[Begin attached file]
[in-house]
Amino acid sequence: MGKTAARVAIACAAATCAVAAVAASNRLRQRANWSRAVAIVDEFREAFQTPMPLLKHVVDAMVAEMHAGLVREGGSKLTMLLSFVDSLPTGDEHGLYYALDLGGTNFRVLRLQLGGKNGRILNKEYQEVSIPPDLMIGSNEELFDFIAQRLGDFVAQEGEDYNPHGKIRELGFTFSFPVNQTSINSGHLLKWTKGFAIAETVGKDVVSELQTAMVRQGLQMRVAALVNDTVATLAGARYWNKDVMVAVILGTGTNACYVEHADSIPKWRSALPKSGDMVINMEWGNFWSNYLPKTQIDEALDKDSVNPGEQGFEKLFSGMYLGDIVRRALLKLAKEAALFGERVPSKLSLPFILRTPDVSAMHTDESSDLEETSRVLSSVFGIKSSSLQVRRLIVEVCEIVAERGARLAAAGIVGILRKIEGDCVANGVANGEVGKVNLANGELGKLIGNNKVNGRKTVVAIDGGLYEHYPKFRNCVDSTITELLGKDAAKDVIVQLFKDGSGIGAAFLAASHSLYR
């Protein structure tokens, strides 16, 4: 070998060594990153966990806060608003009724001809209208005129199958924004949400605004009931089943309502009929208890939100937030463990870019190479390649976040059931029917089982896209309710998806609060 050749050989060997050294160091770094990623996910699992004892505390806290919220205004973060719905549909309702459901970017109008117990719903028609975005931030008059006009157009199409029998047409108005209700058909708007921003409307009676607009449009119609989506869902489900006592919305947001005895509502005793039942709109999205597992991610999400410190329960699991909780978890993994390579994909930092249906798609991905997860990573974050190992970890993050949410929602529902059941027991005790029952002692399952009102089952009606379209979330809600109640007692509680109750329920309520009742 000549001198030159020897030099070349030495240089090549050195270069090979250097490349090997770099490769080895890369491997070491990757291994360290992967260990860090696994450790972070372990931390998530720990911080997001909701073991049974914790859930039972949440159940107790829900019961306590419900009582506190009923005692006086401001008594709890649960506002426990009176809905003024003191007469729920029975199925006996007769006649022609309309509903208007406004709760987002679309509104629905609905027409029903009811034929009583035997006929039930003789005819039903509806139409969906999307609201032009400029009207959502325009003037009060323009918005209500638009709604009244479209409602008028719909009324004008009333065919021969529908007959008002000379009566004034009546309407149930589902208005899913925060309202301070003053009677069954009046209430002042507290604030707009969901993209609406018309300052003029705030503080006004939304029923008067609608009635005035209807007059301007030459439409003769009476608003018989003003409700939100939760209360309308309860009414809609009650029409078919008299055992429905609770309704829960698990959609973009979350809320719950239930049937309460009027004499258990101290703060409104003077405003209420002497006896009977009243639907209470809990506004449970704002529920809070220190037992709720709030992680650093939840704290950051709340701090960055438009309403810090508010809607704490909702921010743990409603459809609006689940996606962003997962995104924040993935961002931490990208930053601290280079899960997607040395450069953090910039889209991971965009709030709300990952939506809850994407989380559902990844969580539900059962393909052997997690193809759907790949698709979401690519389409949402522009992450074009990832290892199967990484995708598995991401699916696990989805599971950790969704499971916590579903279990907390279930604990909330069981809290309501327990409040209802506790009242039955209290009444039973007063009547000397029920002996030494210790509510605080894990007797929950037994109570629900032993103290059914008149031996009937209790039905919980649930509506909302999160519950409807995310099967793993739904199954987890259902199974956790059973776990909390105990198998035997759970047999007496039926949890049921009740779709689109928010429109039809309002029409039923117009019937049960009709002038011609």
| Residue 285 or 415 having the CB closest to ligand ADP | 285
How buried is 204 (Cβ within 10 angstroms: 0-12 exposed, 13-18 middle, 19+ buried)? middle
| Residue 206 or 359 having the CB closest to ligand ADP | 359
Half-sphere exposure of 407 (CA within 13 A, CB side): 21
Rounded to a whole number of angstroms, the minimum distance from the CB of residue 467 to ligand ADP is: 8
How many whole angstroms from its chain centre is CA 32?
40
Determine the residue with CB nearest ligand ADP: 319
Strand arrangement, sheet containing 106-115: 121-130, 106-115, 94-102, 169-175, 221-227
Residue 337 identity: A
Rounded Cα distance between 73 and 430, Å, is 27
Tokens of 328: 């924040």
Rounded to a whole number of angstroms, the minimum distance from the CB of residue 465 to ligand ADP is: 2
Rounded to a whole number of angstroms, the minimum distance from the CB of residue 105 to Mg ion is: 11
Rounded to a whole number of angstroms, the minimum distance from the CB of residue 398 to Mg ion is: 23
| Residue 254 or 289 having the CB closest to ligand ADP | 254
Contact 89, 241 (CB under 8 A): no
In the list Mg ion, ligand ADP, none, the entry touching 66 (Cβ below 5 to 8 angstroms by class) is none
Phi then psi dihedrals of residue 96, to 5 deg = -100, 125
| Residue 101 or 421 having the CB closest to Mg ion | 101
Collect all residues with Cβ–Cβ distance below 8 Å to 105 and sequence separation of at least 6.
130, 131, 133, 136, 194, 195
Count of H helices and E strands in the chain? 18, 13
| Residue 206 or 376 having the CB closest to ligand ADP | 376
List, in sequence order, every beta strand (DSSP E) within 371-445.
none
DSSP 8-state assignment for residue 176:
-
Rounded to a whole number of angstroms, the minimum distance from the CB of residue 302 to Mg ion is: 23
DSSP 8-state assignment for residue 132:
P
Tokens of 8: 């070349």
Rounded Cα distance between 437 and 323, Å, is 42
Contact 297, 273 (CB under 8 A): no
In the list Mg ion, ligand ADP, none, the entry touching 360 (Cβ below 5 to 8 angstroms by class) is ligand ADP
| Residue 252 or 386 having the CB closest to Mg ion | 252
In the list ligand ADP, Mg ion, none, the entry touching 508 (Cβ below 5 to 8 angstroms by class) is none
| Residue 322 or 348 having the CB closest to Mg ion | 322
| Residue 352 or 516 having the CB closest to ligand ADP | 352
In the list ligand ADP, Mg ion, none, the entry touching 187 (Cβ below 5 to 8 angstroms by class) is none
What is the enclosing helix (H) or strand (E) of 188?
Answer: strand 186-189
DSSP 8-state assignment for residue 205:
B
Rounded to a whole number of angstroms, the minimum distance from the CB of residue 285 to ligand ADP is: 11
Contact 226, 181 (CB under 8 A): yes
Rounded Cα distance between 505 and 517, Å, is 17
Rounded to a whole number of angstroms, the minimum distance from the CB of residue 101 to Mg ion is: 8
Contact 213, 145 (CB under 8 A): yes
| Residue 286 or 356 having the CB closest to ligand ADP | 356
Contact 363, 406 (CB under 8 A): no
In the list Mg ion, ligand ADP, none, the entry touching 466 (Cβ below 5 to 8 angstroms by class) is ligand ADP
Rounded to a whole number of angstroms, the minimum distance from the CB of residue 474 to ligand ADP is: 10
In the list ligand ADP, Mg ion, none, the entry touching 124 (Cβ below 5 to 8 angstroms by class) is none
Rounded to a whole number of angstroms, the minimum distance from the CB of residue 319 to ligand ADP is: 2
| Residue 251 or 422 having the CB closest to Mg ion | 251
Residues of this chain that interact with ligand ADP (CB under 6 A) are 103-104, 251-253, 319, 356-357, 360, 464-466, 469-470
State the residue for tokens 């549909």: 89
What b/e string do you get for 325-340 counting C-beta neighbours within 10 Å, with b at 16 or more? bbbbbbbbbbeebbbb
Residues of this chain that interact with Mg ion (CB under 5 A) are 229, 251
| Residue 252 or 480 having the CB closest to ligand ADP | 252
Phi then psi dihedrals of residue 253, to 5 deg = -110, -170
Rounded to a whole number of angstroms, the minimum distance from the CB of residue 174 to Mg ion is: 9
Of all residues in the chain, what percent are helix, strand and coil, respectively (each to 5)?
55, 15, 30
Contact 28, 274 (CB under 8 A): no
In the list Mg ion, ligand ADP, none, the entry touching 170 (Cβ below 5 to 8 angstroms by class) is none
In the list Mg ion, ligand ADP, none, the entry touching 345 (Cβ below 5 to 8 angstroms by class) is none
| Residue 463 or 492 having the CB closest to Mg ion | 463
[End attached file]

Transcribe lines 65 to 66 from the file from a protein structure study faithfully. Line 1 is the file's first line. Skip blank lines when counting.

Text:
Phi then psi dihedrals of residue 253, to 5 deg = -110, -170
Rounded to a whole number of angstroms, the minimum distance from the CB of residue 174 to Mg ion is: 9